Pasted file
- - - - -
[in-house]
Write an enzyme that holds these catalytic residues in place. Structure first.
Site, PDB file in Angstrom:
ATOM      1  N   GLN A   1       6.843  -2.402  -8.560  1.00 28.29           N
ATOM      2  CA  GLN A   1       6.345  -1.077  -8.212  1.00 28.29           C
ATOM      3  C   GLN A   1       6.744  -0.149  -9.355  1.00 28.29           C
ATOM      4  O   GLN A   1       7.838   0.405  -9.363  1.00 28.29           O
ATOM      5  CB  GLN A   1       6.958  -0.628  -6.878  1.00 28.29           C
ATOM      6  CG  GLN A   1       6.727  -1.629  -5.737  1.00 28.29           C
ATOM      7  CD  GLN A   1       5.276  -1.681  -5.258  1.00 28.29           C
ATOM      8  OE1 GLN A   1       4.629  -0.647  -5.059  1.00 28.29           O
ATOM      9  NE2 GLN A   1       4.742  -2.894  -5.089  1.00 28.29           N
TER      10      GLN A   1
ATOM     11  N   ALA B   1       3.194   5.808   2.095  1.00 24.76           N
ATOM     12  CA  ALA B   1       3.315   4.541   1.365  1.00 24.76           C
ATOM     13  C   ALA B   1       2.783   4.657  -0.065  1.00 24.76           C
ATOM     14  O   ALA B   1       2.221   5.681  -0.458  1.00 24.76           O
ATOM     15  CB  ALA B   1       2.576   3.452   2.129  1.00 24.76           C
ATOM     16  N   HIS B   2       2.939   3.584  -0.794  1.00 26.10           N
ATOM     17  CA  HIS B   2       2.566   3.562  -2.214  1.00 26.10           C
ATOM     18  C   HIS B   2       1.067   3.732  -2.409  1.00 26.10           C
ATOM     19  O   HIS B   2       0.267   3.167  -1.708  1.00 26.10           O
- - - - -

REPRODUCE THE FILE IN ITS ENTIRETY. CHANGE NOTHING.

[in-house]
Write an enzyme that holds these catalytic residues in place. Structure first.
Site, PDB file in Angstrom:
ATOM      1  N   GLN A   1       6.843  -2.402  -8.560  1.00 28.29           N
ATOM      2  CA  GLN A   1       6.345  -1.077  -8.212  1.00 28.29           C
ATOM      3  C   GLN A   1       6.744  -0.149  -9.355  1.00 28.29           C
ATOM      4  O   GLN A   1       7.838   0.405  -9.363  1.00 28.29           O
ATOM      5  CB  GLN A   1       6.958  -0.628  -6.878  1.00 28.29           C
ATOM      6  CG  GLN A   1       6.727  -1.629  -5.737  1.00 28.29           C
ATOM      7  CD  GLN A   1       5.276  -1.681  -5.258  1.00 28.29           C
ATOM      8  OE1 GLN A   1       4.629  -0.647  -5.059  1.00 28.29           O
ATOM      9  NE2 GLN A   1       4.742  -2.894  -5.089  1.00 28.29           N
TER      10      GLN A   1
ATOM     11  N   ALA B   1       3.194   5.808   2.095  1.00 24.76           N
ATOM     12  CA  ALA B   1       3.315   4.541   1.365  1.00 24.76           C
ATOM     13  C   ALA B   1       2.783   4.657  -0.065  1.00 24.76           C
ATOM     14  O   ALA B   1       2.221   5.681  -0.458  1.00 24.76           O
ATOM     15  CB  ALA B   1       2.576   3.452   2.129  1.00 24.76           C
ATOM     16  N   HIS B   2       2.939   3.584  -0.794  1.00 26.10           N
ATOM     17  CA  HIS B   2       2.566   3.562  -2.214  1.00 26.10           C
ATOM     18  C   HIS B   2       1.067   3.732  -2.409  1.00 26.10           C
ATOM     19  O   HIS B   2       0.267   3.167  -1.708  1.00 26.10           O